Are you basking in referrals for new business? Do your customers tell others how much they love you, all the time, with a nearly embarrassing outpour of enthusiasm? Doth your sales funnel overflow?
There are two basic approaches to generating more business: The first is to focus on making your existing customers insanely happy, so that they want to tell others about how much they love you; the second is to simply be a resource, or be helpful, to those who aren’t customers yet.
1. You don’t have a clear goal. Set a clear goal with a specific timeline – for example, you want an x increase in referrals over the next six months. You know that old adage about how you can’t get there if you don’t know where you’re going? It’s true.
2. You don’t thank people enough. Monitor the web and primary social channels (Twitter, Facebook, LinkedIn) for people talking about you or your company. Say thank you (if they are saying nice things).
3. You don’t solve problems fast. If people aren’t saying nice things about you in those places, or elsewhere, why is that? Reach out and ask how you can help. apologise for mistakes and solve problems so they don’t reoccur. Speed is your ally.
4. You’re “that guy.” You sell, rather than engage. On the web and social channels (Twitter, Facebook or LinkedIn), you monitor for specific keywords relevant to your business and join relevant groups, only to be “that guy” who pops in to pimp his stuff shamelessly. Your primary goal on any publishing platform (blogging, Twitter, Facebook, etc.) should be to inform and assist, not to shill. Be approachable, conversational, and helpful. Be a resource. Engage, don’t sell.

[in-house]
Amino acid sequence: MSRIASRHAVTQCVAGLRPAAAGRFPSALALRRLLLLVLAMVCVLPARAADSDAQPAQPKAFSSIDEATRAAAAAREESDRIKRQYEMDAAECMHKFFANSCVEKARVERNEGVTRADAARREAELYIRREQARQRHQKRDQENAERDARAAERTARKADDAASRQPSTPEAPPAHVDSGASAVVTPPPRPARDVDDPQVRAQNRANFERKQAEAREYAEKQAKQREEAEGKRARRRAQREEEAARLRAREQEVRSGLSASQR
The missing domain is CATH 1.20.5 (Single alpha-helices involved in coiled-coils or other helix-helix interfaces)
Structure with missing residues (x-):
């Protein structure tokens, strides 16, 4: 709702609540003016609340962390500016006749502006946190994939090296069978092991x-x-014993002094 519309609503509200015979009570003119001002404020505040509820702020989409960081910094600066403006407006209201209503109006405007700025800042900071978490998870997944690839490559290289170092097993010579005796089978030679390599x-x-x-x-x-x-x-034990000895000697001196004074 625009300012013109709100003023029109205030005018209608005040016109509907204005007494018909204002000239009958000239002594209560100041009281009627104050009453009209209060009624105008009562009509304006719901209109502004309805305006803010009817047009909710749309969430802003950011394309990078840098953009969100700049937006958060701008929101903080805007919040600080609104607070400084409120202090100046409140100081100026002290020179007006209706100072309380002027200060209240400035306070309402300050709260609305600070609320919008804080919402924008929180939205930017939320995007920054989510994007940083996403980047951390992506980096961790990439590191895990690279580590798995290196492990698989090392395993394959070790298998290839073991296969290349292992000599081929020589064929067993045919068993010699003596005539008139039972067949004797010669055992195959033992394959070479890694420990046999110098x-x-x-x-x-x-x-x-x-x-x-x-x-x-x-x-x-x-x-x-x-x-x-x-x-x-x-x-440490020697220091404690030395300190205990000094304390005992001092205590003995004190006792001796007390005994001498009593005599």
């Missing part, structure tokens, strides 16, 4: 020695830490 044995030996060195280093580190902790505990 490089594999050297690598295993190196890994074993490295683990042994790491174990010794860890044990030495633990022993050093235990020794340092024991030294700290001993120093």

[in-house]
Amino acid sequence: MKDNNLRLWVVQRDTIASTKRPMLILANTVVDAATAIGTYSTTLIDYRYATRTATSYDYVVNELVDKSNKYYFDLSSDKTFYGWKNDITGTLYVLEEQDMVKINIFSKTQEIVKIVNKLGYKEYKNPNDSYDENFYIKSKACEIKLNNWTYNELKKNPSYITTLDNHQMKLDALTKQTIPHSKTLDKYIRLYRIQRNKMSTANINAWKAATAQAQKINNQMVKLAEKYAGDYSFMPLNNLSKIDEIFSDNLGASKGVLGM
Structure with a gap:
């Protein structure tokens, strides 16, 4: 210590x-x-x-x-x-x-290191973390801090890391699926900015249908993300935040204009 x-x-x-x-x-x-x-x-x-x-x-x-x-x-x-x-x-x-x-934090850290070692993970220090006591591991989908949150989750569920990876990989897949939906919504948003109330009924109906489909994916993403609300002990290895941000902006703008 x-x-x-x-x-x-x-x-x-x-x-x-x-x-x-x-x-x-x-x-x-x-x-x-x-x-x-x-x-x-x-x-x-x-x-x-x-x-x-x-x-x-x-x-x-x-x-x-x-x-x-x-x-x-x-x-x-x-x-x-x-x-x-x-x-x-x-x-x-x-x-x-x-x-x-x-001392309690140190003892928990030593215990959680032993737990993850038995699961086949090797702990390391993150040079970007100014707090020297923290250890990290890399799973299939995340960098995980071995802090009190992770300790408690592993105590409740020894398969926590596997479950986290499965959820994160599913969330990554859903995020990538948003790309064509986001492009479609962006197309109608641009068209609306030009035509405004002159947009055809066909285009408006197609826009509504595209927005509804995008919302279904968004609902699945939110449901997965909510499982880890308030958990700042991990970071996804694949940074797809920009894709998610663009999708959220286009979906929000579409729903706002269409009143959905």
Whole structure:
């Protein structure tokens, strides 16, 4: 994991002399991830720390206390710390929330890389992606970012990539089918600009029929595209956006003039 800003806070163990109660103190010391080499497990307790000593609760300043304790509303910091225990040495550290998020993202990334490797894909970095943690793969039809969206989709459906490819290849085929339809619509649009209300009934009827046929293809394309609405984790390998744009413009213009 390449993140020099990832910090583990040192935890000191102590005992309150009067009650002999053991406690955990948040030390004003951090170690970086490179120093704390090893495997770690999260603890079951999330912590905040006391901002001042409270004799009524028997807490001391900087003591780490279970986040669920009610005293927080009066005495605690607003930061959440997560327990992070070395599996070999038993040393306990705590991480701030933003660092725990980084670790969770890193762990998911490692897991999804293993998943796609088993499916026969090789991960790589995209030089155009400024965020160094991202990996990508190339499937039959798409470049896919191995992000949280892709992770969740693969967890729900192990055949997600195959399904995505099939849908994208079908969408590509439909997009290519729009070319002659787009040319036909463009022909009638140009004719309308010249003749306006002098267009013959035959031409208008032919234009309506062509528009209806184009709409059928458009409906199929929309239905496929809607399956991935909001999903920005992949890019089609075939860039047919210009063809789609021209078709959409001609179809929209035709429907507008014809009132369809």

By the way: Does this one sound obvious? If I had a nickel for every time I see this rule shattered, I’d be writing this column from a larger office with a better view.
5. You’re too silent. When someone comments on your blog or Facebook page, respond. Talk back. Thank them for participating with a follow-up email. This is a dead-simple thing, and something a lot of people don’t do. (See “nickel” comment in #4, above.)
6. You’re a wallflower at the party. Read other relevant blogs in your industry, or by your customers, or would-be clients. Comment there, too. How? I almost want to repeat that bit about engaging-not-selling again, but I know you get it.
7. You don’t ask. Put something on your front door (if you have one) that reminds people to tell their friends about you. Put a tell-a-friend form on every page of your site. (Hat tip for these two to Andy Sernovitz.) .) Put a special offer in easily forward-able mail and ask existing clients to pass it along, if they find it of value.
8. You never call, you never write…. Create a mechanism to keep in touch with existing customers or clients, even if they aren’t in buying mode. Perhaps you publish an “insider’s” newsletter, guest-blog on their blogs, or pick up the telephone and call every once in a while, just to say hello.
9. You don’t act generous. I know you are generous, but perhaps you don’t always show it: Are you generous with your own referrals to others? Or when someone refers you, do you go out of your way to thank them back? (An especially nice touch in this digital age is a handwritten card of thanks. The kind that arrives in the mail.) People refer people who treat them well, are approachable, and likeable. Be that person.
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